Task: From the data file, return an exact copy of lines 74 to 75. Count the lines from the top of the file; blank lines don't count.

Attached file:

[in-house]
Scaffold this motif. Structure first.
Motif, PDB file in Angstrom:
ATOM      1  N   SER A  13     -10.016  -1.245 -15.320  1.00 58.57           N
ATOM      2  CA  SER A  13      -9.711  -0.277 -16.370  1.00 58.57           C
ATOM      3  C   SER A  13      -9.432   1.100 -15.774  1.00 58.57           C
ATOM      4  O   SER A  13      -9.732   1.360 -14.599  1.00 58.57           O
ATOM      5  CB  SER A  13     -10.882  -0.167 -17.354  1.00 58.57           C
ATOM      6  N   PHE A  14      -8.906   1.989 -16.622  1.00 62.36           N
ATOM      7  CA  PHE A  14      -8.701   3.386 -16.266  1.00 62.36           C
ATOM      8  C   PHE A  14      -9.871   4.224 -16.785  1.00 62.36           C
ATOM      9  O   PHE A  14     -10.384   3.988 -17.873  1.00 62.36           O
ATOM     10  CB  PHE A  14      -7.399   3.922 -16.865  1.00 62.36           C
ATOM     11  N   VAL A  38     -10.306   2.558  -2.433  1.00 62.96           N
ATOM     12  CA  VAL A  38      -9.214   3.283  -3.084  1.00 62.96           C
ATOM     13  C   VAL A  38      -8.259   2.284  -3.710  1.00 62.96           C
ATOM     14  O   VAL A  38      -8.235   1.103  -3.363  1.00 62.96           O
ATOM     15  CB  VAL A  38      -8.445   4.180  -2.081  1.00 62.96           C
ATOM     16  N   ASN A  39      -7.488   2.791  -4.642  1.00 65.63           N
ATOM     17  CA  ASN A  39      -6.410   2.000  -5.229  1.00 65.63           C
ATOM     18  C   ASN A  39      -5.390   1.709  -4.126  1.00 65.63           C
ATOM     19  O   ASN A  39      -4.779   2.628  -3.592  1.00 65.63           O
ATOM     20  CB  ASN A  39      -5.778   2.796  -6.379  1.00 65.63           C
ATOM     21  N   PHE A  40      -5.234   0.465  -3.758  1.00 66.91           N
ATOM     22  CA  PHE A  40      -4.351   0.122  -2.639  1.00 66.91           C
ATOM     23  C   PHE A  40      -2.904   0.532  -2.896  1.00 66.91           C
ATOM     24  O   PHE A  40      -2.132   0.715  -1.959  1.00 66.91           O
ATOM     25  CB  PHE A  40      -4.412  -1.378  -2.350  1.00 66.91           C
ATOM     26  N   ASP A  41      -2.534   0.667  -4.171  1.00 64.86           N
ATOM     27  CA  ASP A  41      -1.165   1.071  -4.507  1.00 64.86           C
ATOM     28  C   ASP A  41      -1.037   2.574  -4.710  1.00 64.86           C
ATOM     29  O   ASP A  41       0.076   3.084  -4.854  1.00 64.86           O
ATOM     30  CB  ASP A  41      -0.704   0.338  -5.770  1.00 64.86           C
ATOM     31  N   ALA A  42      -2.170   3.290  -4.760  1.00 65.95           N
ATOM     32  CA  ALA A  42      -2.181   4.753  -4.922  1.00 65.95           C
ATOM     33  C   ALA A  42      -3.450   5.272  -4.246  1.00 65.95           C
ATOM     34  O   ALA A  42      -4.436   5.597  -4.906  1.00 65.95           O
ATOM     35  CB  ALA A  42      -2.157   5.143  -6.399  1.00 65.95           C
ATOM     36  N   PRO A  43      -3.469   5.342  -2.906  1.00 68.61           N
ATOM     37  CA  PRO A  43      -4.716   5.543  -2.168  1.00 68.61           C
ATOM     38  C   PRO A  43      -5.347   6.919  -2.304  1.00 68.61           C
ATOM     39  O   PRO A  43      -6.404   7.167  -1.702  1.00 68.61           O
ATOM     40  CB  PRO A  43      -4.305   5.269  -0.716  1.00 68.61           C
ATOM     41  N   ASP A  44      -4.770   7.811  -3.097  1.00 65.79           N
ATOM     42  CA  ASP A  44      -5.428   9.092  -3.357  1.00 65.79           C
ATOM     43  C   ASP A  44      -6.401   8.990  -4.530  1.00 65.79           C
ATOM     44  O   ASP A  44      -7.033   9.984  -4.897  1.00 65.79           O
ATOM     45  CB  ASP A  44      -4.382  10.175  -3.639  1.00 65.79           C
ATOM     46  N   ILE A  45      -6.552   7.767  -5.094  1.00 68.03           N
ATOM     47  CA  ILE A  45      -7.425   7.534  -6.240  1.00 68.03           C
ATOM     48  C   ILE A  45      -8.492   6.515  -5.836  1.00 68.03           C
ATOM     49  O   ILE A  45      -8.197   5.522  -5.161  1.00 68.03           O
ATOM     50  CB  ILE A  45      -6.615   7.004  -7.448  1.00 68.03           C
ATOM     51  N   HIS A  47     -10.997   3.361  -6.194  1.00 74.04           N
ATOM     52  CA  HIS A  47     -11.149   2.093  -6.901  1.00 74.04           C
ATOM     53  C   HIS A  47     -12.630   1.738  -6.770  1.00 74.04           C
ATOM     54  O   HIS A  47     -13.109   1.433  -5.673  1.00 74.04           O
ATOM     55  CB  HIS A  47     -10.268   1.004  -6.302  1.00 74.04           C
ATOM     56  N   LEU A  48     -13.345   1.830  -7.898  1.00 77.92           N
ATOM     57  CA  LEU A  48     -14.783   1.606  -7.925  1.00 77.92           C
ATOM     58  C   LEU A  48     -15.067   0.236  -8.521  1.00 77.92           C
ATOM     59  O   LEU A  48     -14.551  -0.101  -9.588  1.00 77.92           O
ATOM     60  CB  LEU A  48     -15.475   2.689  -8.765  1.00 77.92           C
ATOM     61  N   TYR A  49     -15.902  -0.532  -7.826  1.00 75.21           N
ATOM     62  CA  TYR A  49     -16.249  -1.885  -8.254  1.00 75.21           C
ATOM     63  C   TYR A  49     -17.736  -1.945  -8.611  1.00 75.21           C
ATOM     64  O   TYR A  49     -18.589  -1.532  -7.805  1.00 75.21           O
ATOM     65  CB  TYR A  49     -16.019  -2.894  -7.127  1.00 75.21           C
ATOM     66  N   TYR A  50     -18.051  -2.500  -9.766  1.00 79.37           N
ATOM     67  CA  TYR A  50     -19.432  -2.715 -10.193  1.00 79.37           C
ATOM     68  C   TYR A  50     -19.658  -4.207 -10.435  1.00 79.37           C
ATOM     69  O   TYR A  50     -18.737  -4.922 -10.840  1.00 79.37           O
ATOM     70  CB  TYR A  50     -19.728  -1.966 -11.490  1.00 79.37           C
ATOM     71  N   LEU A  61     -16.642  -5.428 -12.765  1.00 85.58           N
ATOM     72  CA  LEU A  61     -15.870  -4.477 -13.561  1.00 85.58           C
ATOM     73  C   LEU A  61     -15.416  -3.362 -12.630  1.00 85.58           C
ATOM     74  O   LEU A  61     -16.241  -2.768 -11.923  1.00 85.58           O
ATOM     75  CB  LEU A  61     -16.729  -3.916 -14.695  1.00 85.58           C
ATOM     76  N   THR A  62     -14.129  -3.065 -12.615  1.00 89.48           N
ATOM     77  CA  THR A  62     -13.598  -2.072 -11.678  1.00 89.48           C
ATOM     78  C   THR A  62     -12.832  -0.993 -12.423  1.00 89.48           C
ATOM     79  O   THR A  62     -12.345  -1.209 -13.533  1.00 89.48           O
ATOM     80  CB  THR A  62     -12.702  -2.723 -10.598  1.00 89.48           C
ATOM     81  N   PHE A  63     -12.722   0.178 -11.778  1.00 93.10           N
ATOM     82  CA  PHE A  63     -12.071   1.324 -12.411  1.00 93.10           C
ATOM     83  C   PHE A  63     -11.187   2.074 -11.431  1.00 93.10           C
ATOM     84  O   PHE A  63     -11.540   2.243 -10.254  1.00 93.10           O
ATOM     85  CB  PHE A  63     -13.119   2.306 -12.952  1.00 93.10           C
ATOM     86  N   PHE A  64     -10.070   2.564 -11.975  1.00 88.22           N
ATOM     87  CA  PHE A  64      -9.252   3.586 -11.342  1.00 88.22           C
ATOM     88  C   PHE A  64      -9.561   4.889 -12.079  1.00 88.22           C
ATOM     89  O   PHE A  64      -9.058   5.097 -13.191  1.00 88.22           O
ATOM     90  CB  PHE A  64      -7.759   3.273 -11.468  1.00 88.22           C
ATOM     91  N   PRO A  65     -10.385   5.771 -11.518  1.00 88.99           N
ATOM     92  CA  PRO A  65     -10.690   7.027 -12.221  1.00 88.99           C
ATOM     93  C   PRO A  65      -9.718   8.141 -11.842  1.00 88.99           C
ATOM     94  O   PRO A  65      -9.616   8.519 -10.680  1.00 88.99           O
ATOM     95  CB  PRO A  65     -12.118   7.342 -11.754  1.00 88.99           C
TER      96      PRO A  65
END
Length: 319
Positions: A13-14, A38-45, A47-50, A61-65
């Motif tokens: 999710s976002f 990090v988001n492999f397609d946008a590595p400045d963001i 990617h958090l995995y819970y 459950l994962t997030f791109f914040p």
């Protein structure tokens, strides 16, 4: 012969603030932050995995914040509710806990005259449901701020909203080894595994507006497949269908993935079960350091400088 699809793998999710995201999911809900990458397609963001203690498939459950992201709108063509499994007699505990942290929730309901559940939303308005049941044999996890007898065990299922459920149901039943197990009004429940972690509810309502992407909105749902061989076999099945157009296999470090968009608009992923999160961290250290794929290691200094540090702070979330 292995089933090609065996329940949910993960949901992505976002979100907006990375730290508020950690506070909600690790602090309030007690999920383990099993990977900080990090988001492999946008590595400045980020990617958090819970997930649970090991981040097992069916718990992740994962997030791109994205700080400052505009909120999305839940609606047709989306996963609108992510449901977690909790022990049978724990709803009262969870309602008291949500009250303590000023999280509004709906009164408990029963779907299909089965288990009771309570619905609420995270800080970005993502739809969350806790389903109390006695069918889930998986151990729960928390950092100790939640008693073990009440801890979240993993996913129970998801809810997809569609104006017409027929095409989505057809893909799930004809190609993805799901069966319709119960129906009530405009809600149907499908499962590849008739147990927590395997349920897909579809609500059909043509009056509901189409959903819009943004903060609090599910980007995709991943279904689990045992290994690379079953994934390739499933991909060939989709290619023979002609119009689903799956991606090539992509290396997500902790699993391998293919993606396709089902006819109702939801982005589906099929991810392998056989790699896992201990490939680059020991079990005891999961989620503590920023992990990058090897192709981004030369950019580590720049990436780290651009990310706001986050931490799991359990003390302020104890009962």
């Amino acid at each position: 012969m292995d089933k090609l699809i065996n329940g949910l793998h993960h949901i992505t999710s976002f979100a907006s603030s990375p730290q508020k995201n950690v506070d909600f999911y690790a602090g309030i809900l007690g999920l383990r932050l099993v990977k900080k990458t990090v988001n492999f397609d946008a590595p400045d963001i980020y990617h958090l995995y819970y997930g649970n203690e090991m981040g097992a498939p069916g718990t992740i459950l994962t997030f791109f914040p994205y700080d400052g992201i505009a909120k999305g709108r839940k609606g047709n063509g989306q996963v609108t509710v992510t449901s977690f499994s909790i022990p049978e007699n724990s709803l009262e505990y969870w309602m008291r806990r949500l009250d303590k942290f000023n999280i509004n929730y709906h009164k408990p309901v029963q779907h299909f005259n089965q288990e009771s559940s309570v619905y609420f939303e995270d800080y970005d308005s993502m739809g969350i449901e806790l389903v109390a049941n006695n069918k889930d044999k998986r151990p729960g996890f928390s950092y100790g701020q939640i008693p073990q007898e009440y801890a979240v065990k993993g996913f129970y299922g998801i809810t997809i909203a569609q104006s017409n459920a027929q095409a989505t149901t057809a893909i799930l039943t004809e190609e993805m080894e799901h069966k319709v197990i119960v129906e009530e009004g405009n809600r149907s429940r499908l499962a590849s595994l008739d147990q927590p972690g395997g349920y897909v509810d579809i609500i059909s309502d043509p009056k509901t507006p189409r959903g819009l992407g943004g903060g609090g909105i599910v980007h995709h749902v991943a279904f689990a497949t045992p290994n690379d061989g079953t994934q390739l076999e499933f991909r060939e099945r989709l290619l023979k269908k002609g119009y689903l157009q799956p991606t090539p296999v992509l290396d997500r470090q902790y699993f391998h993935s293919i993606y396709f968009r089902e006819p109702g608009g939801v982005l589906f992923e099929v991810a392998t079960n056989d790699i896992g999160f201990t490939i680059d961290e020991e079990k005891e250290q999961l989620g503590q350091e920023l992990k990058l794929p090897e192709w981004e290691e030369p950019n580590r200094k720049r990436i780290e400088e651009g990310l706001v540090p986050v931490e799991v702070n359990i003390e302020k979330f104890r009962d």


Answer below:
ATOM     71  N   LEU A  61     -16.642  -5.428 -12.765  1.00 85.58           N
ATOM     72  CA  LEU A  61     -15.870  -4.477 -13.561  1.00 85.58           C